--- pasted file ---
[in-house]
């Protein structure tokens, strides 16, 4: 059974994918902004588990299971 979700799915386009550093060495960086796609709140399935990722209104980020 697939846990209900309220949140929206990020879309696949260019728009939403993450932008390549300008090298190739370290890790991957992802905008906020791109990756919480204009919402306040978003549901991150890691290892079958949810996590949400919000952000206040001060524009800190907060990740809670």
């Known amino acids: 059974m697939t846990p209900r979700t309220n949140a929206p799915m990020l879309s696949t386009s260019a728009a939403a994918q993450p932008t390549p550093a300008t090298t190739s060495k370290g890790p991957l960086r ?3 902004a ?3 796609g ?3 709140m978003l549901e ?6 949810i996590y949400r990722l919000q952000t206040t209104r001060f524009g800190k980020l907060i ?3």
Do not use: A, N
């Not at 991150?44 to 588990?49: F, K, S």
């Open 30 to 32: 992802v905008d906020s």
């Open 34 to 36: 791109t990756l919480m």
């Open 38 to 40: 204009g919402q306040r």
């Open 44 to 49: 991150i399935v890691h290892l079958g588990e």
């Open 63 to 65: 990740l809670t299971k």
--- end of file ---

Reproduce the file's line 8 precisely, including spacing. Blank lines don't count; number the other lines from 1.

């Open 38 to 40: 204009g919402q306040r």